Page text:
Drills to Develop the "Hybrid" Player When Transitioning From Even to Odd Fronts
By William Lund D-Line Columnist X&O Labs
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Coaches are always trying to find a new edge in defending offensive schemes. Much of the change occurs when a coach decides to use a 3-4 defense to replace a 4-3 defense or a 3-3-5 defense to replace a 4-2-5 structure. Defense is not so much scheme, but a players understanding and belief in that scheme. Whether a coach choses to be a 4-man front or a 3-man front, more often than not he will have a "sub" package incorporating one or the other fronts. If you don’t decide to change personnel, you may have a player that is a "hybrid." A hybrid player is one you need to have on the field as a rusher in pass situations, but also one you want to use in coverage. This hybrid player may be necessary because you cannot afford to pull him off the field not matter what the situation, but still may want to incorporate a 3- or 4-man front. In my column this month, I will discuss the ways you can effectively train your hybrid player to excel as a coverage man or as a rusher.
For the purpose of this column we will use a 3-4 and 4-3 scheme as our template in developing a plan for our hybrid player. When training a player, you need to make sure he can handle the multiple details that a player needs to know as both a rush end and drop end. Pass Rush moves, drop zones and man responsibilities are all parts of being a hybrid player. Because of all the responsibilities that fall within this player’s domain, the tendency of coaches is to take a player that "athletically" looks the part and try to force him into a "hybrid" role. As coaches, we must not try to "force a square peg into a round hole." In order to be an effective hybrid, the player must be savvy, with the understanding of a larger scheme of things. It is my opinion, that the easiest place to train your hybrid begins with aligning him as the defensive end or outside linebacker weak or away from the formation strength (or away from the tight end or passing strength.) From here you can limit the number of assignments and coverage responsibilities he has to know. Remember this is a starting point to build on your player’s knowledge base. (Diagram 1)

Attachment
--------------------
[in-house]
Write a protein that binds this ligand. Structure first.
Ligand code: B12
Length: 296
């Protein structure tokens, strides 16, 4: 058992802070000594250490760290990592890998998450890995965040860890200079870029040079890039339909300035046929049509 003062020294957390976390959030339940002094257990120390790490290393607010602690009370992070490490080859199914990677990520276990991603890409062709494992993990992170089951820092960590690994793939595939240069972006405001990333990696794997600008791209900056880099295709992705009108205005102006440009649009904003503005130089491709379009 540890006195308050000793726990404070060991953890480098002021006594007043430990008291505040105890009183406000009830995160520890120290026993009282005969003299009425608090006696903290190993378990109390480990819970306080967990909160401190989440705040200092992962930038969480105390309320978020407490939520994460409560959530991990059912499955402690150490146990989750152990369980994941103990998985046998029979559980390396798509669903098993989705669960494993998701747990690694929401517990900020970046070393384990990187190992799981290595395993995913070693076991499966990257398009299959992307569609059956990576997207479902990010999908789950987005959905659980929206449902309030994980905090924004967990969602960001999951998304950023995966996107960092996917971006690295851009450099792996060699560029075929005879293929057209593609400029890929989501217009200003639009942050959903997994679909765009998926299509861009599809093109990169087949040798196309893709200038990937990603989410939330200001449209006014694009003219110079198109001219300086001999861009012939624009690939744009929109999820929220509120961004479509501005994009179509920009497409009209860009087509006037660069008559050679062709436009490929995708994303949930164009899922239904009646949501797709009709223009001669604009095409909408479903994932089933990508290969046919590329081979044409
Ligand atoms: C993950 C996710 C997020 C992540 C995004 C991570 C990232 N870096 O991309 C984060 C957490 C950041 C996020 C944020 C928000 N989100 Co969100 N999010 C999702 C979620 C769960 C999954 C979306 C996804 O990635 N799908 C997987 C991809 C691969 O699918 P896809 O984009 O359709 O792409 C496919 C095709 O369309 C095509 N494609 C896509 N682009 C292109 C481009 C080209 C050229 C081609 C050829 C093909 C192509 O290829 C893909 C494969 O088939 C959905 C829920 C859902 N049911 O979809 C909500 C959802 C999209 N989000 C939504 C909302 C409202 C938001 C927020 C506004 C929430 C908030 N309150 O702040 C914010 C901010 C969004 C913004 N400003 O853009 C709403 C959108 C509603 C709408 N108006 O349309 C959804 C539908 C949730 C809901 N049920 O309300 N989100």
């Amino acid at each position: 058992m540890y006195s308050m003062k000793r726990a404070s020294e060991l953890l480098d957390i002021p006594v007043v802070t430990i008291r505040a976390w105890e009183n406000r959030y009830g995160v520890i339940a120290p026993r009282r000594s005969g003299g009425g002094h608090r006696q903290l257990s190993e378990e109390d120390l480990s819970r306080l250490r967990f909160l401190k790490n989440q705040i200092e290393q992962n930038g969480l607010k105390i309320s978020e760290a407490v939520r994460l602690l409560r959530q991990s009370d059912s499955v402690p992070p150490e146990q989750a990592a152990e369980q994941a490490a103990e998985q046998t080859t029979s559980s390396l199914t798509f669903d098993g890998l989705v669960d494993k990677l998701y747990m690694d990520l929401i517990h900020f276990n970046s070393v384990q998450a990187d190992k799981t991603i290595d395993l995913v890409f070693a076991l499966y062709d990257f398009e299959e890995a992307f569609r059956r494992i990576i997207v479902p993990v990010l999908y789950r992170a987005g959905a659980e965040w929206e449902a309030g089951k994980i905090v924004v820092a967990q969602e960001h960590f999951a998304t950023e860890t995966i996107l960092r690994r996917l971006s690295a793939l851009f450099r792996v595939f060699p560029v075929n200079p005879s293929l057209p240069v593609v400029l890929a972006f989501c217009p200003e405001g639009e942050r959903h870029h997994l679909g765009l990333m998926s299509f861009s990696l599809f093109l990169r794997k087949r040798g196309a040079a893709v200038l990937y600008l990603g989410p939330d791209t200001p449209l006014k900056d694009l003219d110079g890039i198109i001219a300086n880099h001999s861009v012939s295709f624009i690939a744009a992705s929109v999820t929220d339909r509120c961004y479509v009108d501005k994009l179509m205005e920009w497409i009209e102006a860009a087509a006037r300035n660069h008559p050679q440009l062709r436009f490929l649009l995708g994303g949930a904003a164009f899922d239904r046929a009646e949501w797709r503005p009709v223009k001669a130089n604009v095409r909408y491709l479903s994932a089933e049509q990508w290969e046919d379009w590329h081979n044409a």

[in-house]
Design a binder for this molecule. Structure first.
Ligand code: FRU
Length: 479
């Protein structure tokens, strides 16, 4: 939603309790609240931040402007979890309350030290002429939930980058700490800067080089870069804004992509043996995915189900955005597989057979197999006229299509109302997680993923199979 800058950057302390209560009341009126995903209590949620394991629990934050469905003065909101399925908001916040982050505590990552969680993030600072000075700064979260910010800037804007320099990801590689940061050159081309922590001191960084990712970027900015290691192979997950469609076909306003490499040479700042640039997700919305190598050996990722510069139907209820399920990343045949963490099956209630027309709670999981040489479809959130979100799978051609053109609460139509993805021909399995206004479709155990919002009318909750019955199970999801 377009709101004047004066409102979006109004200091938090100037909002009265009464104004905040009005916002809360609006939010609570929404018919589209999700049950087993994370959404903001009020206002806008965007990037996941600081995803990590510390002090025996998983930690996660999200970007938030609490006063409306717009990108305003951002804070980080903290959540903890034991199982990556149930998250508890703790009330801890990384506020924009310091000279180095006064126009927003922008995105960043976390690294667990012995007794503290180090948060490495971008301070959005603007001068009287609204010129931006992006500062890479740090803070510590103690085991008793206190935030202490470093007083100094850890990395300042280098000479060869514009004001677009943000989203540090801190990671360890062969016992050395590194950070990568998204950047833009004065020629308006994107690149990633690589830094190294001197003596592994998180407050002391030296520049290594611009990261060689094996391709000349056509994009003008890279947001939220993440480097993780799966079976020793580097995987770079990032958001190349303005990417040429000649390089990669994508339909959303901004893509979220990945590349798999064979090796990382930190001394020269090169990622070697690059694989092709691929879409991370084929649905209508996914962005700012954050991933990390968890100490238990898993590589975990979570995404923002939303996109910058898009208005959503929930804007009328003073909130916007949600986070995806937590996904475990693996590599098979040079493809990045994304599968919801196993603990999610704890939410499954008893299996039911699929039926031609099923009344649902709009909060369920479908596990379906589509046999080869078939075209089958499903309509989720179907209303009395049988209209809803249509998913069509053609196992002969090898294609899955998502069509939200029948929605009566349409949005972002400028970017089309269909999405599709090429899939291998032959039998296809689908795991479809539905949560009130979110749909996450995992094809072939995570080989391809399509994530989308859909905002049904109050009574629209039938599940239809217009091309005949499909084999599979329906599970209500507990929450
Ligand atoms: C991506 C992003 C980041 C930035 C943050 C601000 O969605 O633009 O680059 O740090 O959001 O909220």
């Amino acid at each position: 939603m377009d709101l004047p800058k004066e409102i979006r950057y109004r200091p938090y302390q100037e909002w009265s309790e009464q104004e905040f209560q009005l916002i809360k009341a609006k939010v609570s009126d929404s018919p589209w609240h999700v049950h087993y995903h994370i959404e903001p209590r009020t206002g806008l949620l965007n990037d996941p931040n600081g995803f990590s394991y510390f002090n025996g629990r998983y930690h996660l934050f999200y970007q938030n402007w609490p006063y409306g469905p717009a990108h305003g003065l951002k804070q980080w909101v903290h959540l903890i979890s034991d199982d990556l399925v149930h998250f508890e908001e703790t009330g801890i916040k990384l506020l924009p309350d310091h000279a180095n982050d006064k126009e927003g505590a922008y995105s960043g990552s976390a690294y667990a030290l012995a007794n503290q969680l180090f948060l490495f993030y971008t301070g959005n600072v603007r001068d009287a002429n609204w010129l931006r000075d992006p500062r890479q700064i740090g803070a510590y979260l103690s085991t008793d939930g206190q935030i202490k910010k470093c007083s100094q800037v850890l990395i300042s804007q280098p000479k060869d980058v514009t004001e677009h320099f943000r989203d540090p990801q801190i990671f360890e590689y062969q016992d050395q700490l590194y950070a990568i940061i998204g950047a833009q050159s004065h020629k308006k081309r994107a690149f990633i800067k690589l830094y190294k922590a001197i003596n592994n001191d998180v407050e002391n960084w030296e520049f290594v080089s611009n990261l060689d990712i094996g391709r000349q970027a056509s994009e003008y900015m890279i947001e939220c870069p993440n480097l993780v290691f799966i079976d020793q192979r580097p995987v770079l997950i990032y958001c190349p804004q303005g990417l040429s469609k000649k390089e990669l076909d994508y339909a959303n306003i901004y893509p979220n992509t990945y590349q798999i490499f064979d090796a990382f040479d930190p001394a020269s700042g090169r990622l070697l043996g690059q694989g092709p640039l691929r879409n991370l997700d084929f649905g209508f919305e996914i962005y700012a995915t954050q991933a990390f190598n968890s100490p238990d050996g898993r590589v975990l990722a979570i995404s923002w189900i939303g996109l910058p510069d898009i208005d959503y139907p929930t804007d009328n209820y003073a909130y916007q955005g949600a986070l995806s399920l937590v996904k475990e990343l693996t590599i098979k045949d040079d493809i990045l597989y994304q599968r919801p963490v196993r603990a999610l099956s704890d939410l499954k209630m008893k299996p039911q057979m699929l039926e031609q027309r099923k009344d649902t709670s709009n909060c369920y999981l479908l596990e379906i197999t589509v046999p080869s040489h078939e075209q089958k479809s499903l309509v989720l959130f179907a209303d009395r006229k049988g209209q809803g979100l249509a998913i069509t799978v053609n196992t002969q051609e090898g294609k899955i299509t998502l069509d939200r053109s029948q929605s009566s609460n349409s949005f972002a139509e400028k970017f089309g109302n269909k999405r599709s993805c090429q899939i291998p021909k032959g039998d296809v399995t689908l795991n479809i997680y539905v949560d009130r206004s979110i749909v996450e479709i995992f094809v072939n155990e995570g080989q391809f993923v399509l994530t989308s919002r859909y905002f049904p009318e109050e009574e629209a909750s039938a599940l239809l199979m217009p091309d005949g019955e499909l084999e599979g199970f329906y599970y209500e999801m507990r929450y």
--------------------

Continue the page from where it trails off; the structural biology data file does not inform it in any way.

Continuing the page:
Note: The hybrid player is the "R" in both scenarios
First Level (DE) Keys and Reads
As a pre-snap, we will key the "V" of the neck of the EMLOS. In most cases, this will be the OT. We do an every day drill called "Quick Hands" that emphasizes this technique (diagram 2).
From there, we progress to Butt and Press in order to develop hip involvement with the punch (diagram 3).
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This Reports Also Includes...
Coach Lund's 8 Drill Videos
Get instant access to Coach Lund's full-length "Hybrid" Players in the 3-4 and 4-3 report on X&O Labs' exclusive membership website - Insiders. Coach Lund included the following videos with his full-length report:
3 Video Showing the Zone Melt Drill
1 Key Drill Video
1 Butt and Press Drill Video
1 Quick Hands Drill Video
2 Videos Showing the Sneak and Search
These are actual practice videos from Coach Lund's private collection and you can start watching all of these videos and read the full-length version of this report on the Insiders website.
Continued From Above...
Second Level (OLB) Keys and Reads As an OLB, we will key through the OT into the backfield. Now there are a number of keys coaches can use. In this case, I recommend beginning with the TB. This will be easier to develop an understanding and progressing to a "triangle" key. As a starting point you can begin keying the OT and slowly work into the backfield and triangle (diagram 6).